Photo: Flo-Foto

Photo: Flo-Foto

Dale saw me in the crowd and asked how I did. He congratulated me and I told him it was because I kept him in sight the whole rest of the race and that helped me. He ended up first in his age group (M60-69). I ended up getting second in my age group (F30-34) and the girl I ran the final half mile with was first in our age group! We were six seconds apart. So funny. We laughed about it on stage when we both realized it. I don’t even know how to summarize how I felt about this race because I was so stunned, so proud, so happy.

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Afterwards, we went back to the hotel to clean up and check out. We ate sandwiches and fries at Freddy's and made the drive back to Salt Lake City to reunite with Izzy pup.

Next up: Utah Valley Marathon. It's less than three weeks away and I still don't feel fully prepared. My goal has always been to run this race in under 4 hours. I'm not sure if that's possible as I haven't been consistent with marathon-specific training, but I'm going to go into it with a positive mindset and be happy with whatever my body wants to run that day.

Race Recap: Dino Half Marathon 2017

As some of you know, I've been dealing with an ankle injury since my last race in March. What was initially diagnosed as a ligament sprain was actually peroneal tendonitis, so I've been going to PT once a week and was finally cleared to run again on May 1. For the past two weeks, I've been slowly building my mileage back up. I was given the go-ahead by my physical therapist to try running this half to see how my ankle would do.

The Dino Half took place in Vernal, Utah on Saturday, May 13th. Going into the race, I had no idea what to expect. With my lack of training for the past two months, I wasn't sure how I would do, being that my longest run since getting cleared to run was six miles. What I found out is that if you have a solid base already, it's easy to get your endurance and mileage back to where it was. I was pleasantly surprised.

Race weekend began with Geof and I driving to Vernal and picking up our race packets. I fell asleep in the car while seated cross-legged and once I stepped out of the car, realized my left calf was super tight. After picking up my packet, someone stopped me in the parking lot and asked if I had a running blog. She said she had read my post about the Dino Half from last year! That was so cool and it caught me off guard, so I apologize if I was acting awkward. I never imagined anyone but my friends and family would read my blog. 

We dropped our things off at the hotel and headed out to eat a pasta dinner at Antica Forma. I had linguine with meatballs and it was perfect. At dinner, I started to get an itchy tickle in my throat and was worried I might be getting sick. I let that thought drift from my mind as we ate and after dinner, we took a short walk by the restaurant to walk off the tightness in my calf. We went back to the hotel, gathered our gear for the race, foam rolled and headed to sleep.

I woke up the next morning with my throat and calf feeling pretty good. Rest must have worked out those kinks. I ate avocado toast, drank nuun and got ready. I taped up my ankle with KT tape and wore a compression ankle sleeve for precaution. We headed out the door around 5:50 a.m. to catch the buses to take us to the start of the race in Dry Fork Canyon. Once dropped off, we lined up for the port-a-potties, stood by the fire and I wrapped myself up in a heat sheet. It seemed like the wait before the start went by quickly, even with the race starting ten minutes late. At 7:40 a.m., after all the buses had dropped off their runners, they counted down and blew the horn.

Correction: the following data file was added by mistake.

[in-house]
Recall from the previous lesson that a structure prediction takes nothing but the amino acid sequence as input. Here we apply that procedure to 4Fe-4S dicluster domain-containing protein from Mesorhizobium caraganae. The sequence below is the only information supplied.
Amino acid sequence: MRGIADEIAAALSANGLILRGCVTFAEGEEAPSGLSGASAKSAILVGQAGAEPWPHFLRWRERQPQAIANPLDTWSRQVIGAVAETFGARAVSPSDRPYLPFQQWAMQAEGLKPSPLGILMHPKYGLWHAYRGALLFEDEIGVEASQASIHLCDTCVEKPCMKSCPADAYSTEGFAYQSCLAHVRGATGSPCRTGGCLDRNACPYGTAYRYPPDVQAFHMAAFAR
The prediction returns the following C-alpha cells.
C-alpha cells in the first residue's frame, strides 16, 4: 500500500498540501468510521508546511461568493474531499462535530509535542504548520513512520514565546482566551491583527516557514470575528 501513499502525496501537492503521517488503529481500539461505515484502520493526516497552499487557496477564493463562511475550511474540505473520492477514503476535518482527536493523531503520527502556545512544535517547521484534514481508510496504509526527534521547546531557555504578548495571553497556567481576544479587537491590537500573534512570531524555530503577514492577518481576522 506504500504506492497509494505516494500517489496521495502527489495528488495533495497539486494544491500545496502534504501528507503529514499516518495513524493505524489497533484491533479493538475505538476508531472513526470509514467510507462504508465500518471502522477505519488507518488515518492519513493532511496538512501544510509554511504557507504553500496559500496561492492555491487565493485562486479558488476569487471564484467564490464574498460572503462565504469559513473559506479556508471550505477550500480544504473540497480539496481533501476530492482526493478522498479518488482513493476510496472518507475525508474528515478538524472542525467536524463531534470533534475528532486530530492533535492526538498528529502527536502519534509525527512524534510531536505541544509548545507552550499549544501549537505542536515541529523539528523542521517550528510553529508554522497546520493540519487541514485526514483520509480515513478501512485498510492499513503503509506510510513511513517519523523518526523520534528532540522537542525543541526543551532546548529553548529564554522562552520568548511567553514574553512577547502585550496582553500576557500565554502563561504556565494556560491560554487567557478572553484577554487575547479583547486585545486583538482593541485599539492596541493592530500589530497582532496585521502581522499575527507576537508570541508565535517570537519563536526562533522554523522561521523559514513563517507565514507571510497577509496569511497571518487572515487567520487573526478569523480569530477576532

The weather was nice—breezy and warm. I felt good at the beginning. Race day can make you feel so much better with all the adrenaline that kicks in. The first three miles of the race were on an eroded road and it was bumpy and rough. My ankle actually shifted and popped three times but as I continued to run, the pain from the shock of the pops began to subside. I had to work to stay on the flatter areas, but after those initial miles, the canyon road smoothed out and I was good. My ankle never popped again after that.

Geof and I ran together for the first three miles and then I went ahead when Geof slowed on some of the hills. He has been having some pain in his calf and ran the hills slower and more carefully to not aggravate it. I was feeling surprisingly so good and was keeping a nice pace. At mile 6, the 1:55 pacers came up behind me, overtook me and I ran behind them for a long time. They were running faster than they should have, but listening in on their conversations, I knew it was to bank time on the downhill portion of the course before the last miles leveled out.

Photo: Flo-Foto

Photo: Flo-Foto

I started to lose steam at mile 10 (yup, my legs had not run this far since my ankle injury in March) and I began to slow a little. My calves were feeling tight and sore. My 8:00-something pace went into the 9:00s but I was determined to keep those pacers in sight. After mile 10 sometime, Geof appeared by me again! He said he had been trying to catch up to me the whole time. He was just who I needed to see and we kept pace together for the last few miles.

When we only had half a mile to go, I ran past the 1:55 pacers and thanked them and said I had been following them for 7 miles. Geof and I tried to pick it up and we ran it in! I also ran my fastest Dino Half and I feel good about that with my lack of training lately (this was our third time running this race). Final chip time—1:52:34.

Mile Splits:
1—8:07
2—8:12
3—8:07
4—8:09
5—8:19
6—8:30
7—8:15
8—8:31
9—8:29
10—9:04
11—8:56
12—9:34
13—9:27
0.12—1:00